05 24 2016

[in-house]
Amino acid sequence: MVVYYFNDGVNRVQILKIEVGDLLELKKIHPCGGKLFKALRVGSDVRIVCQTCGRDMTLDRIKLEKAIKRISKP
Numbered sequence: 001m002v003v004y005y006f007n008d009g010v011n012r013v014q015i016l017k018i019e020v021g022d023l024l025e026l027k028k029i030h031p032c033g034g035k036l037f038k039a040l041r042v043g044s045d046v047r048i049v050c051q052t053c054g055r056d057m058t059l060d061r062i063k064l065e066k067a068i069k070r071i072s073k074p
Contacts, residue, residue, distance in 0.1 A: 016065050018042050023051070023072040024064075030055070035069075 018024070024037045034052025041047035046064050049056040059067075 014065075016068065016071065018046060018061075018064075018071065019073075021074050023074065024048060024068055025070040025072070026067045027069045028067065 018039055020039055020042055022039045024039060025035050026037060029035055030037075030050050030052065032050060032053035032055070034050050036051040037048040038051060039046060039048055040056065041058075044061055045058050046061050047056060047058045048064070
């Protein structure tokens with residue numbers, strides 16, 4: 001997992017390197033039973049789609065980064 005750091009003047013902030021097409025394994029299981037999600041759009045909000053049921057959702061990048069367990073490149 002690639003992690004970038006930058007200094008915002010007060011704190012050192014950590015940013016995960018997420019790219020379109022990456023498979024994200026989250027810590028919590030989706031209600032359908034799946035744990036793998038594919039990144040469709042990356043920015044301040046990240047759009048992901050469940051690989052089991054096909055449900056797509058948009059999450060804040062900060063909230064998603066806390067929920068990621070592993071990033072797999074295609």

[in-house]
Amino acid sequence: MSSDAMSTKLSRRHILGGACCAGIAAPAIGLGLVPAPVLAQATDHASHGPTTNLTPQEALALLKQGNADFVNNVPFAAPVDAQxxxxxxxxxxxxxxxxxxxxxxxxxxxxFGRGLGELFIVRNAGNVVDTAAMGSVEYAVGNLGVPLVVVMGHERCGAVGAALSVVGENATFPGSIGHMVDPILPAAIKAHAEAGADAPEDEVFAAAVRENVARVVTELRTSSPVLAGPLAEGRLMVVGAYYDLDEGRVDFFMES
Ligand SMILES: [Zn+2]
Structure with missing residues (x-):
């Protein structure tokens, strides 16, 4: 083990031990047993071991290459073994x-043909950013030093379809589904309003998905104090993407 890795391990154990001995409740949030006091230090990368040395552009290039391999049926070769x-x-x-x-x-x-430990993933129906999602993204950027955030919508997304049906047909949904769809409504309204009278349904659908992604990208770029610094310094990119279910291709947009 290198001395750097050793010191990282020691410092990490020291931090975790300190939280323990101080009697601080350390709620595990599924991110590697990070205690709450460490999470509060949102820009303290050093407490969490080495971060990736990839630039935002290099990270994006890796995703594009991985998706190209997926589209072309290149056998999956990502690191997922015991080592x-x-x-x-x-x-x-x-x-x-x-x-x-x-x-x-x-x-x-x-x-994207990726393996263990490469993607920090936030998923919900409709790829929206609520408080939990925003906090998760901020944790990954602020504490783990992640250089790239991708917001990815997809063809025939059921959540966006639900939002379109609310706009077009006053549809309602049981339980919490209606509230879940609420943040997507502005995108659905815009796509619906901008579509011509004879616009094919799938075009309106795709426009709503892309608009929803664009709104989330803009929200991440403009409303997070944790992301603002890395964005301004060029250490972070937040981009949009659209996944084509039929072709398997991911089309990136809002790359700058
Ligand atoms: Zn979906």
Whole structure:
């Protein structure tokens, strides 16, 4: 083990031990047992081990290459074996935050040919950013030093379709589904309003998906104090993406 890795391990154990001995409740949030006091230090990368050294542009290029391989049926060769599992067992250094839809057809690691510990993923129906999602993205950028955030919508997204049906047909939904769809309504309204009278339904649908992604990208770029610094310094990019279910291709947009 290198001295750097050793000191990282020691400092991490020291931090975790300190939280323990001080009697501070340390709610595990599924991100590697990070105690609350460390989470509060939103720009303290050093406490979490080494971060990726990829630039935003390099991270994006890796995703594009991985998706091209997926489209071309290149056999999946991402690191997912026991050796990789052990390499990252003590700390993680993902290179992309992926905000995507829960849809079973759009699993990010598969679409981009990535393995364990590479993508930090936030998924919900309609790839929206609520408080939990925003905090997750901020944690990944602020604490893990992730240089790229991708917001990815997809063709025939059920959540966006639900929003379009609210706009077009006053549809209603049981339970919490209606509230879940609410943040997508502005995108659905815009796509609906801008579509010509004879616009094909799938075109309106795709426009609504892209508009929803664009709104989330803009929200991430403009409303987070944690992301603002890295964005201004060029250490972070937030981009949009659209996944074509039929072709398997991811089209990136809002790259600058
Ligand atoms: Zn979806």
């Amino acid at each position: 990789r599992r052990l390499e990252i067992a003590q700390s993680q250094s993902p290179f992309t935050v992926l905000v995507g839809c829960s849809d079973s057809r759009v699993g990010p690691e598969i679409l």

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  • The judge concluded Officer Edward Nero played little role in the arrest and wasn't responsible for the failure by police to buckle Gray in